Do you actually work on the React code base or are you part of the marketing team behind React? Tried it, I'm amazed at the hype you guys throw behind this simple framework, looking for more things to steal/hype, facebook?

Go ahead keep working on it, but take the hype out. Let people decide on their framework without having to stumble upon a PR piece for React. No reason this project needs so much weight thrown behind it.


Can you help me understand what hype you mean? We don’t pay anyone to promote React. And everyone from Facebook you hear speaking about React is likely an engineer working in or on React, or an engineering manager for the same.

(Yes, I manage the team that builds React.)


I mean the guy who comes to your defense here also works on React. I don't think Google makes posts on Hacker News soliciting feedback on Angular and then has their devs start astroturfing the thread. It kind of proves my point. If you guys think this is the venue to get technical feedback, it shows that you guys don't know what you're doing, but I'm sure you do, because it's PR.

I'd bet posts like this got flagged by someone who works on React - https://news.ycombinator.com/item?id=12284926.

React is nothing revolutionary, but you wouldn't know that from the PR apparatus that is facebook, and some people should be rightly concerned about facebook's motivations when the company seems to prize market share above all else. This post seems to fit in that puzzle for me.

I don't know if HN has the same attitude towards 'shilling' as reddit does - but I feel like the FB dev team is guilty of this offense from time to time.


I figured HN would be a suitable venue to get technical feedback from a broad audience because the communities I spend the most time in are skewed towards people who use React heavily, and HN felt like a "fairer" sample of devs including both ones who use React and ones who might have tried React and then abandoned it. I'm not actually sure where you think a post would be more effective.

The ~100 points this post has are also not from people who work on React (seeing as there's less than 10 of us). This indicates to me that people here do find this post interesting.

The post you linked also have dozens of comments from people explaining ways it is inaccurate. It's probably those people who flagged it, not us. (This is my first time seeing that post.)

I don't think we're tricking anyone into using React and I think we're always honest about who we are, but I'm sorry that our comments have come off as "shilling" and "astroturfing" to you. It's not why we're here.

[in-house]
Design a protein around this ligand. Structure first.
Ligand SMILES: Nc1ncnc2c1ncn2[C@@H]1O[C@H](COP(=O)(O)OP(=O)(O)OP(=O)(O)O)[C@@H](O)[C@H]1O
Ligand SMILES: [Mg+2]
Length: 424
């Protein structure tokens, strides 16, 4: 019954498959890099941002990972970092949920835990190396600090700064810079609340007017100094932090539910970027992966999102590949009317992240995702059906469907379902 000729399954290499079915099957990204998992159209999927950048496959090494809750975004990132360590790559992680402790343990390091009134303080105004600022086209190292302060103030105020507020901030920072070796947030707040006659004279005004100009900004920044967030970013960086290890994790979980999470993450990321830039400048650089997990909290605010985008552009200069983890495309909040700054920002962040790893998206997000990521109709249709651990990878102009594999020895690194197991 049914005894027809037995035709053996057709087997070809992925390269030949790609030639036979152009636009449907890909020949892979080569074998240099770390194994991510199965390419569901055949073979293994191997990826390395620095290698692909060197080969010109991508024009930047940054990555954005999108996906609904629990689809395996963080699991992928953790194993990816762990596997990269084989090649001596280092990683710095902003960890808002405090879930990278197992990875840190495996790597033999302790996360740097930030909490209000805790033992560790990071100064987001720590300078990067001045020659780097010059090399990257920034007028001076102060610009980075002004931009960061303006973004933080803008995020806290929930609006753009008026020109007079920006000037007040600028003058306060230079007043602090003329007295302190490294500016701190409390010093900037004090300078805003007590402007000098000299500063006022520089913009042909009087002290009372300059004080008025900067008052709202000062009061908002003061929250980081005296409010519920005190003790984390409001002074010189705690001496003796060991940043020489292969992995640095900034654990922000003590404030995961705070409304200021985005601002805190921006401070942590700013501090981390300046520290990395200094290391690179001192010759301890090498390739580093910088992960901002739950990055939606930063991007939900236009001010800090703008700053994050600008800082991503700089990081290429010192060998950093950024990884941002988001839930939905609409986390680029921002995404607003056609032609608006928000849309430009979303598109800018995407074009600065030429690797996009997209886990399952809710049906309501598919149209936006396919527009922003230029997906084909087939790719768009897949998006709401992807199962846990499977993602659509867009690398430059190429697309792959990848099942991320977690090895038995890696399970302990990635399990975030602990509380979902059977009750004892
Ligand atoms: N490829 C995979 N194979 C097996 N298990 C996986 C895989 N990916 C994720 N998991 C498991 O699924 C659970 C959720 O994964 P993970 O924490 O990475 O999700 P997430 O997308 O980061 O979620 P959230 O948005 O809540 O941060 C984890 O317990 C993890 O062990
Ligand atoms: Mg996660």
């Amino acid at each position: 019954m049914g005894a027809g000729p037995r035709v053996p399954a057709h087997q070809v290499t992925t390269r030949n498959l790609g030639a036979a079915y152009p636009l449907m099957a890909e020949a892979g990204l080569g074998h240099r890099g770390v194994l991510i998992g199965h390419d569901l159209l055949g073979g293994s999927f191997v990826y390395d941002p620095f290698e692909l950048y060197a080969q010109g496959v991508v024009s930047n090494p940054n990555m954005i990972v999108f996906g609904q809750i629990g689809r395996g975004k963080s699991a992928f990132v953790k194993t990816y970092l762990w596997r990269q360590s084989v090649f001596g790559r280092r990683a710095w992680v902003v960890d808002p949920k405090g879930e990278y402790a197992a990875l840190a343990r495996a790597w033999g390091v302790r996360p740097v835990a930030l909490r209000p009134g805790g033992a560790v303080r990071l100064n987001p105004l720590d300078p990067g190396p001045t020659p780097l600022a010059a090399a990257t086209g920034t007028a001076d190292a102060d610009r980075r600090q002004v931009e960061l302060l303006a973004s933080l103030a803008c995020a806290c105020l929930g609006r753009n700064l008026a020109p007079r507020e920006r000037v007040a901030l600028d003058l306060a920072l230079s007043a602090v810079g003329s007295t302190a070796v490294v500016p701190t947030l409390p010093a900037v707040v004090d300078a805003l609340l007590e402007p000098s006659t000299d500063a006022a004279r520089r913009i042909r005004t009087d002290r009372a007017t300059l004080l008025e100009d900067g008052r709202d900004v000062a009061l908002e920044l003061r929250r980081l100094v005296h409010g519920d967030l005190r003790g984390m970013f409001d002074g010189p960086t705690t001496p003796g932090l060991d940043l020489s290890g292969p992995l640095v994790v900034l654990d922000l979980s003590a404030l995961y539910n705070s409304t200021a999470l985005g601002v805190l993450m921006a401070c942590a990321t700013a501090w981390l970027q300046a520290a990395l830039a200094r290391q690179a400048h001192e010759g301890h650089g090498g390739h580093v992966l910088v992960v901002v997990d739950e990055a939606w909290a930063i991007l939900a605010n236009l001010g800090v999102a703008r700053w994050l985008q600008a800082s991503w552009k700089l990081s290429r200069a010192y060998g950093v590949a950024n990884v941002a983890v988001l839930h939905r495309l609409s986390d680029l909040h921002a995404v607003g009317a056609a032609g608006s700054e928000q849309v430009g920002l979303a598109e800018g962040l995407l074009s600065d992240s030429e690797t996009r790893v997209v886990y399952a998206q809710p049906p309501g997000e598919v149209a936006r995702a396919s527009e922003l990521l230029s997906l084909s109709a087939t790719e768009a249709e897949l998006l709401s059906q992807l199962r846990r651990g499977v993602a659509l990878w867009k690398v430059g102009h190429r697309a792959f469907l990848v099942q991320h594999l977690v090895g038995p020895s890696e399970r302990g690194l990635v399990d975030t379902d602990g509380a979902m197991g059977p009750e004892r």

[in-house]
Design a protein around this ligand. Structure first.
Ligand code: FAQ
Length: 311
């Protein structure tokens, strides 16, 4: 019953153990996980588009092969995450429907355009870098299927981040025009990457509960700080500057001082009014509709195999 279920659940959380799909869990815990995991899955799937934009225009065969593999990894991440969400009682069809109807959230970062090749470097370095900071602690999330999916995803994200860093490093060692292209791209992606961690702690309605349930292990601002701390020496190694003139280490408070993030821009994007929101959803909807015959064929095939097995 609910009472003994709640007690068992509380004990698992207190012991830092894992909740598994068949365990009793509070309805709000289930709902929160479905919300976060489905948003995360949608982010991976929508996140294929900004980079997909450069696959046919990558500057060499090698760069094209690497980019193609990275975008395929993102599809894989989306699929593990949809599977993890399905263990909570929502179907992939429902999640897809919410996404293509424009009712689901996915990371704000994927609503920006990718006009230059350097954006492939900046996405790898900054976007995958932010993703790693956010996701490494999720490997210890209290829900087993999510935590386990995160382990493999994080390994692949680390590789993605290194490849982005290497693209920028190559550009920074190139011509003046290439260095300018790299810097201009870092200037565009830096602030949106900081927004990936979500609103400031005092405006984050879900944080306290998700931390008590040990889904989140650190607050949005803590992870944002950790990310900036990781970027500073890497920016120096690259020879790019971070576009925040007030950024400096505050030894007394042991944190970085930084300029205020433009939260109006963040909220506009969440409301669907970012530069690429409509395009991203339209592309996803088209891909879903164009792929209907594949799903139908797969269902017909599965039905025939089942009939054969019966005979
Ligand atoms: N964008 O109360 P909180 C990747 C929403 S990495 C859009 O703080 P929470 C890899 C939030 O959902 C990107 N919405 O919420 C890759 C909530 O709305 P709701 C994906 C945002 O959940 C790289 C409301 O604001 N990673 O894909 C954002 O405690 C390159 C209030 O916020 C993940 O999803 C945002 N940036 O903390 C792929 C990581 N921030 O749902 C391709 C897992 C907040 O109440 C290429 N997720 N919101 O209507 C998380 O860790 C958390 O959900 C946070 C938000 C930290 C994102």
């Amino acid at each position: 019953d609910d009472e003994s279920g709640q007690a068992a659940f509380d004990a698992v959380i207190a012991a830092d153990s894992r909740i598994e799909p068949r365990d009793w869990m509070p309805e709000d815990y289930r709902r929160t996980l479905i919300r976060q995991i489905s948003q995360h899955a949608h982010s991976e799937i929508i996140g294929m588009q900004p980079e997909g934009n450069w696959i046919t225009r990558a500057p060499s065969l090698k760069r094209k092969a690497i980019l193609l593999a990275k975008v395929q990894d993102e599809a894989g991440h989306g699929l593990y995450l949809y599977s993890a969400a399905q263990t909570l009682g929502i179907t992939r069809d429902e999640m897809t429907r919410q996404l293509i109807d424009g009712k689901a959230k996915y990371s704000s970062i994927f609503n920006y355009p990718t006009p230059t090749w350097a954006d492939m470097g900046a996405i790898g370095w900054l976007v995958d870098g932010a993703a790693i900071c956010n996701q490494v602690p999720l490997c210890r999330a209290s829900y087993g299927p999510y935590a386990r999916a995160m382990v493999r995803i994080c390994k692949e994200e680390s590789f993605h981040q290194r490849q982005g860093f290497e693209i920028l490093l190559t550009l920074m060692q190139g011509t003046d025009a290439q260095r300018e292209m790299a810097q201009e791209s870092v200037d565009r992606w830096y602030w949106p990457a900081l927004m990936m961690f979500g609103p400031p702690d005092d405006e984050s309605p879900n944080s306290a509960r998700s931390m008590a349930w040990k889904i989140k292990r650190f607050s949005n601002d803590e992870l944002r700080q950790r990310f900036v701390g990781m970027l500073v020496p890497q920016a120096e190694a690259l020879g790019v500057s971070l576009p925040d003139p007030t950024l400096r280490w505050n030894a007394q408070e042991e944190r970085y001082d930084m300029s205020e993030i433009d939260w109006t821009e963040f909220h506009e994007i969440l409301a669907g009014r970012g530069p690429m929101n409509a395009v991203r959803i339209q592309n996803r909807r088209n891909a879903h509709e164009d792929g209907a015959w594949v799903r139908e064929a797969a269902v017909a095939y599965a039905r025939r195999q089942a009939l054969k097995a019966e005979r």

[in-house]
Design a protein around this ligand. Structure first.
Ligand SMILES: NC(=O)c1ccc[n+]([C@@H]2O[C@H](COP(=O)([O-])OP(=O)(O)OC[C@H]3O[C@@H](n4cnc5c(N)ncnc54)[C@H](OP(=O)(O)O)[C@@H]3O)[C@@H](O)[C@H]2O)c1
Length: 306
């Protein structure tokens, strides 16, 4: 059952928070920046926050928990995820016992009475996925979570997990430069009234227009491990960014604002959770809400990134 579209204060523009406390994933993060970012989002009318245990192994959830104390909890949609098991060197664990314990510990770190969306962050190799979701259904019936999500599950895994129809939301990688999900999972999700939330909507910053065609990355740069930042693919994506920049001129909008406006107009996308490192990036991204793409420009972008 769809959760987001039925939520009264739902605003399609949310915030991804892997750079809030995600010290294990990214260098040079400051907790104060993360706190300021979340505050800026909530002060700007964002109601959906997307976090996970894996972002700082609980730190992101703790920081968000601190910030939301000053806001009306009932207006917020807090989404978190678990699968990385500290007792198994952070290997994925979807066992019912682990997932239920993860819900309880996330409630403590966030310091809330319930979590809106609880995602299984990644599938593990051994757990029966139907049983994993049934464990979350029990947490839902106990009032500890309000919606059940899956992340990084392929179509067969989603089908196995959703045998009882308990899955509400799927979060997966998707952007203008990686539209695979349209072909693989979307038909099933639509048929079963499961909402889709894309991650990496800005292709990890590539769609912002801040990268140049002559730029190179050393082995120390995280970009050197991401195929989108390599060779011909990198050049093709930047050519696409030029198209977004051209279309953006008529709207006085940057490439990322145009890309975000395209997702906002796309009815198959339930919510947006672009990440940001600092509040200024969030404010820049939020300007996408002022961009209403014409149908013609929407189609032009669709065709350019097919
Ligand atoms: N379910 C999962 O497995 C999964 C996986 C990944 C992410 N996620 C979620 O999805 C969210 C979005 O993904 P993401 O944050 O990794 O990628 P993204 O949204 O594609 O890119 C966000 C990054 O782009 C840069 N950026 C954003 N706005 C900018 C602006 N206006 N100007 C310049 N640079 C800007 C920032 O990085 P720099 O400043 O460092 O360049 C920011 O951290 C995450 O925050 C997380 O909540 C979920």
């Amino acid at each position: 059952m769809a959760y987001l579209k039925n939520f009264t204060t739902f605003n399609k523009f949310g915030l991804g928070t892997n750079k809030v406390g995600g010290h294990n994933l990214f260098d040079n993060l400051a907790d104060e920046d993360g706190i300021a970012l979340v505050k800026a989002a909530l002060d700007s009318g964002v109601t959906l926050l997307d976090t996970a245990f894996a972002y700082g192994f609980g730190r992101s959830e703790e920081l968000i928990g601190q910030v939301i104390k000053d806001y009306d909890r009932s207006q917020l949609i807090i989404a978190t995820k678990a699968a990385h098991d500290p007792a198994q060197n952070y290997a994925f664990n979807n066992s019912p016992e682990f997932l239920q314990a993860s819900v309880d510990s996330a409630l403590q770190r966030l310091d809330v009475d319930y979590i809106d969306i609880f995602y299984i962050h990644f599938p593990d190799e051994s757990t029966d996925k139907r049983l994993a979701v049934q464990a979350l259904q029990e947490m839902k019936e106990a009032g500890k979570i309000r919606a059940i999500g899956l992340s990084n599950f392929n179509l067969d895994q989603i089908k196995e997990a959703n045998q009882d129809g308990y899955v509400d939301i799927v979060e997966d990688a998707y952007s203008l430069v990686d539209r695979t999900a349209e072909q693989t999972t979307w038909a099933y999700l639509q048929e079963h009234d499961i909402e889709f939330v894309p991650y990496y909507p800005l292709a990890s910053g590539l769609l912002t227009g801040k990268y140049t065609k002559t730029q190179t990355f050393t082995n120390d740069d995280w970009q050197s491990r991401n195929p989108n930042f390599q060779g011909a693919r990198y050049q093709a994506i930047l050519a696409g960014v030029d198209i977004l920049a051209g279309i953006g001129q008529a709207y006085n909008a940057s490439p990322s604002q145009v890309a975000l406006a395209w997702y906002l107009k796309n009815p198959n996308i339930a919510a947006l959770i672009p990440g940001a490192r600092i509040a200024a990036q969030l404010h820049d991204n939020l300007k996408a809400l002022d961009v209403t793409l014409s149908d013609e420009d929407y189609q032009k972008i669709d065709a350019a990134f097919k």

(By the way Sophie isn’t only managing the team but also one of the first open source contributors to React and one of the top three committers to it over five years.)


One thing I miss is Vue like v-bind directives that sync with a property on the state. I hate writing a function just to sync the current value with the state.


Hi, I decided not to use React when I learned about JSX and CSS in JS.

People (developers who use React) keep telling me it's not true that JSX and CSS in JS make you write the worst possible HTML.

I keep seeing them writing things like <span><h1><span>my title</span></h1></span>.


> I keep seeing them writing things like <span><h1><span>my title</span></h1></span>.

React doesn’t care what HTML tags you render. If you see people using bad markup, perhaps that’s an opportunity for them to learn. It doesn’t sound like a React problem – if there’s anything on our site or in our docs that suggests otherwise, please let me know.


Some other comments also touched on this, styling remains my biggest pain using react (I made or worked on a dozen react projects of varied sizes).

I wish for media queries and keyframes (and other CSS tidbits) to be possible in React JS styles, so that I stop hopping between different CSS module libraries.


More documentation around the effect of specifying / not specifying key prop would be extremely useful to ensure people understand how it affects lifecycle methods.

In fact more documentation around practical patterns would be useful.


bring back 2-way binding. There are use cases, where it greatly improves productivity. Leave the choice about it to the developer.